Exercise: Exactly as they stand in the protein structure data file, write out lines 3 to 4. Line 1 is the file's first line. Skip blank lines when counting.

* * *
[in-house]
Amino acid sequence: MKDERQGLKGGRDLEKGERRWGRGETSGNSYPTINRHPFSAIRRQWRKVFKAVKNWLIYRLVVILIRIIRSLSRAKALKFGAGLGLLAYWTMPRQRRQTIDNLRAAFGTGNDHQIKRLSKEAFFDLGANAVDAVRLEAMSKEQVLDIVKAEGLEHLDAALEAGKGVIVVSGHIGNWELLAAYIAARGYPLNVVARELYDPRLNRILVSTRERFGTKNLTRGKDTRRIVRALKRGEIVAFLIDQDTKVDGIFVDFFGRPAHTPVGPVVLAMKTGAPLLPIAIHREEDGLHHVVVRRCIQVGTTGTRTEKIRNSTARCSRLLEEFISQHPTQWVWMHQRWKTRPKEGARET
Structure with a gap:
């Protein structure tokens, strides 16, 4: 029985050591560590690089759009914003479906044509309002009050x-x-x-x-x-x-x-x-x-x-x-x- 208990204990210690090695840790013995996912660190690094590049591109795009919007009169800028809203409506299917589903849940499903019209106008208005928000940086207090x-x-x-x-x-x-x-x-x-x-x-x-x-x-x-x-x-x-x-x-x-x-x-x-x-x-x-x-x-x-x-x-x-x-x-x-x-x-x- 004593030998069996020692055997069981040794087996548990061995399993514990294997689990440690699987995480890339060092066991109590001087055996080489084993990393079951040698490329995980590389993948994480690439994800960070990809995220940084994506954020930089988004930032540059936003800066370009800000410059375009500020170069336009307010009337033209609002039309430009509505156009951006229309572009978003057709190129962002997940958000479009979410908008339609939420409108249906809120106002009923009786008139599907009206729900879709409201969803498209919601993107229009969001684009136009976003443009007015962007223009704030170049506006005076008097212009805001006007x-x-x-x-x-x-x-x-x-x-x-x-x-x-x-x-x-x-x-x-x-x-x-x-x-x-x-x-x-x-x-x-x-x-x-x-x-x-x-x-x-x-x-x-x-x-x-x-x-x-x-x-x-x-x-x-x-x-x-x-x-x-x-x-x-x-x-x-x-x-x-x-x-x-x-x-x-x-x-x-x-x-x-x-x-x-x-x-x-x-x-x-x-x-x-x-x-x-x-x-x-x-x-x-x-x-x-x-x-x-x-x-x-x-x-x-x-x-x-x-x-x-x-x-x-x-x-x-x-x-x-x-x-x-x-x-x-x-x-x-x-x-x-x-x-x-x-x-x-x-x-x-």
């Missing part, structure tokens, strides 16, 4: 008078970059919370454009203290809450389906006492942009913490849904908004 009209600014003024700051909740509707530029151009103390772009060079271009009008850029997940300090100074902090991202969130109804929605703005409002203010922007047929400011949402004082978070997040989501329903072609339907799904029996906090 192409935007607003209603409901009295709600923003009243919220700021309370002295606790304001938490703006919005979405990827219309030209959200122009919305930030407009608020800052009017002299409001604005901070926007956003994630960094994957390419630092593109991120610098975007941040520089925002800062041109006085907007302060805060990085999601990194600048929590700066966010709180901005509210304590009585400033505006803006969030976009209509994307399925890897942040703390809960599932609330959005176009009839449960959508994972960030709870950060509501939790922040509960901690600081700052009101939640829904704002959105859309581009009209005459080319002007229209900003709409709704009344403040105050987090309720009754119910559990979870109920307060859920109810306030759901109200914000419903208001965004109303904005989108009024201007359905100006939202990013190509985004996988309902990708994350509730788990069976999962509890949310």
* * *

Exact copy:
Structure with a gap:
């Protein structure tokens, strides 16, 4: 029985050591560590690089759009914003479906044509309002009050x-x-x-x-x-x-x-x-x-x-x-x- 208990204990210690090695840790013995996912660190690094590049591109795009919007009169800028809203409506299917589903849940499903019209106008208005928000940086207090x-x-x-x-x-x-x-x-x-x-x-x-x-x-x-x-x-x-x-x-x-x-x-x-x-x-x-x-x-x-x-x-x-x-x-x-x-x-x- 004593030998069996020692055997069981040794087996548990061995399993514990294997689990440690699987995480890339060092066991109590001087055996080489084993990393079951040698490329995980590389993948994480690439994800960070990809995220940084994506954020930089988004930032540059936003800066370009800000410059375009500020170069336009307010009337033209609002039309430009509505156009951006229309572009978003057709190129962002997940958000479009979410908008339609939420409108249906809120106002009923009786008139599907009206729900879709409201969803498209919601993107229009969001684009136009976003443009007015962007223009704030170049506006005076008097212009805001006007x-x-x-x-x-x-x-x-x-x-x-x-x-x-x-x-x-x-x-x-x-x-x-x-x-x-x-x-x-x-x-x-x-x-x-x-x-x-x-x-x-x-x-x-x-x-x-x-x-x-x-x-x-x-x-x-x-x-x-x-x-x-x-x-x-x-x-x-x-x-x-x-x-x-x-x-x-x-x-x-x-x-x-x-x-x-x-x-x-x-x-x-x-x-x-x-x-x-x-x-x-x-x-x-x-x-x-x-x-x-x-x-x-x-x-x-x-x-x-x-x-x-x-x-x-x-x-x-x-x-x-x-x-x-x-x-x-x-x-x-x-x-x-x-x-x-x-x-x-x-x-x-």